Clinical trials are taking place in many parts of the country. See the Treatment Options section that follows for links to current treatment clinical trials. These have been retrieved from NCI’s listing of clinical trials.
Follow-up tests may be needed
Some of the tests that were done to diagnose the cancer or to find out the stage of the cancer may be repeated. Some tests will be repeated in order to see how well the treatment is working. Decisions about whether to continue, change, or stop treatment may be based on the results of these tests.
Some of the tests will continue to be done from time to time after treatment has ended. The results of these tests can show if your condition has changed or if the cancer has recurred (come back). These tests are sometimes called follow-up tests or check-ups.
Treatment Options by Stage
- Stages I and II Pancreatic Cancer
- Stage III Pancreatic Cancer
- Stage IV Pancreatic Cancer
Stages I and II Pancreatic Cancer
Treatment of stage I and stage II pancreatic cancer may include the following:
- Surgery followed bychemotherapy.
- Surgery followed bychemoradiation.
- Aclinical trial of combination chemotherapy.
- A clinical trial of chemotherapy and targeted therapy, with or without chemoradiation.
- A clinical trial of chemotherapy and/orradiation therapy before surgery.
Check the list of NCI-supported cancer clinical trials that are now accepting patients with stage I pancreatic cancer and stage II pancreatic cancer. For more specific results, refine the search by using other search features, such as the location of the trial, the type of treatment, or the name of the drug. Talk with your doctor about clinical trials that may be right for you. General information about clinical trials is available from the NCI website.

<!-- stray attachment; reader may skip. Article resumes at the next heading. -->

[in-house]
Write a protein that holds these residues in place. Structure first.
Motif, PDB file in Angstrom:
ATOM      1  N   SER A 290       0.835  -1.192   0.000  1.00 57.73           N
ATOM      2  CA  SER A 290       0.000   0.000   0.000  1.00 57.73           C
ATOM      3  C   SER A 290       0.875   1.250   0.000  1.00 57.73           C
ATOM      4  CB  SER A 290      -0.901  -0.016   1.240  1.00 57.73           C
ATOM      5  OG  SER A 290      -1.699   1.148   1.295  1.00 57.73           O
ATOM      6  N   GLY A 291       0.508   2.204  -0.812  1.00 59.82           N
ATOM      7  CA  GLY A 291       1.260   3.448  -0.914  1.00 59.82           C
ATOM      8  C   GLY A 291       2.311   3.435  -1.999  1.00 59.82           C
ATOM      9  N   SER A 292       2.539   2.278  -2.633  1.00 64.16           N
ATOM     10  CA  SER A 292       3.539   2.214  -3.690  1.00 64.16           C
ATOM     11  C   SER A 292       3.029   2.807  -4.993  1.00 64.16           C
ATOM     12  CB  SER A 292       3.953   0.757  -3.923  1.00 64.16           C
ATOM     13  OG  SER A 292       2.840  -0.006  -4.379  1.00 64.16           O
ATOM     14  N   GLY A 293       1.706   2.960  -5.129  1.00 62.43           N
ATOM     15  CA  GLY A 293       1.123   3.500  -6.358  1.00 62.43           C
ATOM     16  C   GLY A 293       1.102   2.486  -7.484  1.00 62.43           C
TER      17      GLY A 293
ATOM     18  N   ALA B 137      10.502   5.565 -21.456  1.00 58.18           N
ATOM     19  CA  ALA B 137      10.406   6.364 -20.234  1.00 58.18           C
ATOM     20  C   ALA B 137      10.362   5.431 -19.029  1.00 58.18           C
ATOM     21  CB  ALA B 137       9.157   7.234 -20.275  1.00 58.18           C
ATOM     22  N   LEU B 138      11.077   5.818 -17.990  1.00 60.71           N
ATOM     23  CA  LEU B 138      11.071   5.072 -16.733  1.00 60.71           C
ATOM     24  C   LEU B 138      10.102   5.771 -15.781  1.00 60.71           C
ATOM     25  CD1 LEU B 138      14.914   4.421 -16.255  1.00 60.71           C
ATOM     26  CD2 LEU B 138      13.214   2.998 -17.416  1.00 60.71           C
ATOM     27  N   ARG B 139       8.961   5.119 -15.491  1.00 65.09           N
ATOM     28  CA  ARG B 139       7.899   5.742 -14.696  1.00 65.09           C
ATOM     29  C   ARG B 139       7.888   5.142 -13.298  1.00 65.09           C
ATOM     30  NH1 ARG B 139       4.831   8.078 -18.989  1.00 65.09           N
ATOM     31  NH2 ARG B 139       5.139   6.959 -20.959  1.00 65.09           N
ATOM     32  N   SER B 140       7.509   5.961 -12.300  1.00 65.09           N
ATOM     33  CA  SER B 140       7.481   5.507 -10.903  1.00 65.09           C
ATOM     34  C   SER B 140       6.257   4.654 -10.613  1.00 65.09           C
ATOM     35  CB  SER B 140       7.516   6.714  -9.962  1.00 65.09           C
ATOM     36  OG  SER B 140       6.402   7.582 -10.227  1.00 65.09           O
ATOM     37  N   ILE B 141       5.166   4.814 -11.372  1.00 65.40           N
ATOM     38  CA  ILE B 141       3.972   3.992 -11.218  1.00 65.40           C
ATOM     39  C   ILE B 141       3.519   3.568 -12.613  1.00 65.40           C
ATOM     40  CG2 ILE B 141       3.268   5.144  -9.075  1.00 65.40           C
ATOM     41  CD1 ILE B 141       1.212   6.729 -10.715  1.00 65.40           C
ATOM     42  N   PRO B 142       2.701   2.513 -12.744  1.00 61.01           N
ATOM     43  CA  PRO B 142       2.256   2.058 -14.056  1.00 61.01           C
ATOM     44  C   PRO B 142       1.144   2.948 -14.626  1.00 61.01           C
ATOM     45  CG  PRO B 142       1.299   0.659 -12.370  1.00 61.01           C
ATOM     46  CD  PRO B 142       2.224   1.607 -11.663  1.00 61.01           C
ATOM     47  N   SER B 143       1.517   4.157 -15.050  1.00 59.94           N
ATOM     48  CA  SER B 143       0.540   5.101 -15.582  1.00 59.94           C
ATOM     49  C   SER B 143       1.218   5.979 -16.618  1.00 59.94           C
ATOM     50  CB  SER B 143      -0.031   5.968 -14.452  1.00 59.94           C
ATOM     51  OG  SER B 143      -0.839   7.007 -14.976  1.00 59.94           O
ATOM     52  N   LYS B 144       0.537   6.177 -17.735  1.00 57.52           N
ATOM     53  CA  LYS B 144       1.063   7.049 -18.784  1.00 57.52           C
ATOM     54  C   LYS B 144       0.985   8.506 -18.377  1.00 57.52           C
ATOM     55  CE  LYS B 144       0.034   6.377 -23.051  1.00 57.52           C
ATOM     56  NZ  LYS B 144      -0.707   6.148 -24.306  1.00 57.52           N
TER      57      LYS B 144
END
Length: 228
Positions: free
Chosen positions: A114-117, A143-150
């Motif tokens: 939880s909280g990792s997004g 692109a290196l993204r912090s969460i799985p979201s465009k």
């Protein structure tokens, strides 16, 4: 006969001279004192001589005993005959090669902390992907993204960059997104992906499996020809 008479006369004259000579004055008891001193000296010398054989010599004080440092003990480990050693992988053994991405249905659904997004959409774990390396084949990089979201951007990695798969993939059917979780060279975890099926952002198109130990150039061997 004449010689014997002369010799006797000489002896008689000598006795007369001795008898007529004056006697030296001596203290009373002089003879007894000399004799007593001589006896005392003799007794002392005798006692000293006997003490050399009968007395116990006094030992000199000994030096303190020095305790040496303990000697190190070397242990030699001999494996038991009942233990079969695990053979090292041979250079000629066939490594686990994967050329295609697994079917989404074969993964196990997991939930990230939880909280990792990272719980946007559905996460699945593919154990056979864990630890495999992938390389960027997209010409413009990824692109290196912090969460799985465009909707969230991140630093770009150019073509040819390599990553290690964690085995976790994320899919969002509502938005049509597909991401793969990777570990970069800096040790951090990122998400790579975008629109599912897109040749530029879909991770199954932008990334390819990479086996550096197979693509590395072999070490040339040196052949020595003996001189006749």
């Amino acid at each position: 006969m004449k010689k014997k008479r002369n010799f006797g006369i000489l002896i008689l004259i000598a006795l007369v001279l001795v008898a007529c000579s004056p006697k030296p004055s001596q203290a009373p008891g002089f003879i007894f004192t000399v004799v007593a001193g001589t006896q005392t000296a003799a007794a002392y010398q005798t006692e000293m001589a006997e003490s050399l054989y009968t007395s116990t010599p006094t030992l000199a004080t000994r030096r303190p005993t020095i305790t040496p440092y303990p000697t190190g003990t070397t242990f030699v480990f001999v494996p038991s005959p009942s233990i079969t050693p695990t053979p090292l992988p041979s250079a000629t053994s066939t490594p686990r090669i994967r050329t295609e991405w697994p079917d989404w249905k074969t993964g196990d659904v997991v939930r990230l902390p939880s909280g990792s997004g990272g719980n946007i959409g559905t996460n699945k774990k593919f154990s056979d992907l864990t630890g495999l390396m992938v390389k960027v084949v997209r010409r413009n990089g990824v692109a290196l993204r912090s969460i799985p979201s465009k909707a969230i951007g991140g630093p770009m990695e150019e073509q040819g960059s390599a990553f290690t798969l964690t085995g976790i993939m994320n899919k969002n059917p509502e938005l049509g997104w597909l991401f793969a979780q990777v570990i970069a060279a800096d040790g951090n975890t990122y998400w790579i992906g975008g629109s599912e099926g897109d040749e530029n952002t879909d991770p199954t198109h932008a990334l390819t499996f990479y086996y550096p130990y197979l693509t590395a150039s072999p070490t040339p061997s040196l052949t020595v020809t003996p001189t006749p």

Stage III Pancreatic Cancer
Treatment of stage III pancreatic cancer may include the following:
- Palliative surgery or stent placement to bypass blocked areas in ducts or the small intestine.
- Chemotherapy followed by chemoradiation.
- Chemoradiation followed by chemotherapy.
- Chemotherapy with or withouttargeted therapy.
- Aclinical trial of new anticancer therapies together with chemotherapy or chemoradiation.
- A clinical trial ofradiation therapy given during surgery or internal radiation
Check the list of NCI-supported cancer clinical trials that are now accepting patients with stage III pancreatic cancer. For more specific results, refine the search by using other search features, such as the location of the trial, the type of treatment, or the name of the drug. Talk with your doctor about clinical trials that may be right for you. General information about clinical trials is available from the NCI website.